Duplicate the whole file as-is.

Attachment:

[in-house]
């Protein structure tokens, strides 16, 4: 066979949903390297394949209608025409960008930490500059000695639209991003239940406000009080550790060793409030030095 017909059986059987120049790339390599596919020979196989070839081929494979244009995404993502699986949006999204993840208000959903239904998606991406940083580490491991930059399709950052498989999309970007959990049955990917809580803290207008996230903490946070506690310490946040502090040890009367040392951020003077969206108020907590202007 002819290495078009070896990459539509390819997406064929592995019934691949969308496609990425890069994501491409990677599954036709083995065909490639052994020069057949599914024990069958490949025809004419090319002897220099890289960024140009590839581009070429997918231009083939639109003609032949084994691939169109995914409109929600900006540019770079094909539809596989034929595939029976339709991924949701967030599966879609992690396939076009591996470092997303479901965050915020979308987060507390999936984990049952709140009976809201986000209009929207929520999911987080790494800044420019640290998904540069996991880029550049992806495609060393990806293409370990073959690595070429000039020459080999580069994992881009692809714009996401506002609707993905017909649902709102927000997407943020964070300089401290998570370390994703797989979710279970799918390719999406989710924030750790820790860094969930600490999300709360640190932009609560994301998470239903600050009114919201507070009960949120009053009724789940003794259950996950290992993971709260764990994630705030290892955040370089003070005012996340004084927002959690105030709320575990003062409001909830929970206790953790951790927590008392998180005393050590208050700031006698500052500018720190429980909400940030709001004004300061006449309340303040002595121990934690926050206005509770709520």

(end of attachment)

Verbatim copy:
[in-house]
């Protein structure tokens, strides 16, 4: 066979949903390297394949209608025409960008930490500059000695639209991003239940406000009080550790060793409030030095 017909059986059987120049790339390599596919020979196989070839081929494979244009995404993502699986949006999204993840208000959903239904998606991406940083580490491991930059399709950052498989999309970007959990049955990917809580803290207008996230903490946070506690310490946040502090040890009367040392951020003077969206108020907590202007 002819290495078009070896990459539509390819997406064929592995019934691949969308496609990425890069994501491409990677599954036709083995065909490639052994020069057949599914024990069958490949025809004419090319002897220099890289960024140009590839581009070429997918231009083939639109003609032949084994691939169109995914409109929600900006540019770079094909539809596989034929595939029976339709991924949701967030599966879609992690396939076009591996470092997303479901965050915020979308987060507390999936984990049952709140009976809201986000209009929207929520999911987080790494800044420019640290998904540069996991880029550049992806495609060393990806293409370990073959690595070429000039020459080999580069994992881009692809714009996401506002609707993905017909649902709102927000997407943020964070300089401290998570370390994703797989979710279970799918390719999406989710924030750790820790860094969930600490999300709360640190932009609560994301998470239903600050009114919201507070009960949120009053009724789940003794259950996950290992993971709260764990994630705030290892955040370089003070005012996340004084927002959690105030709320575990003062409001909830929970206790953790951790927590008392998180005393050590208050700031006698500052500018720190429980909400940030709001004004300061006449309340303040002595121990934690926050206005509770709520």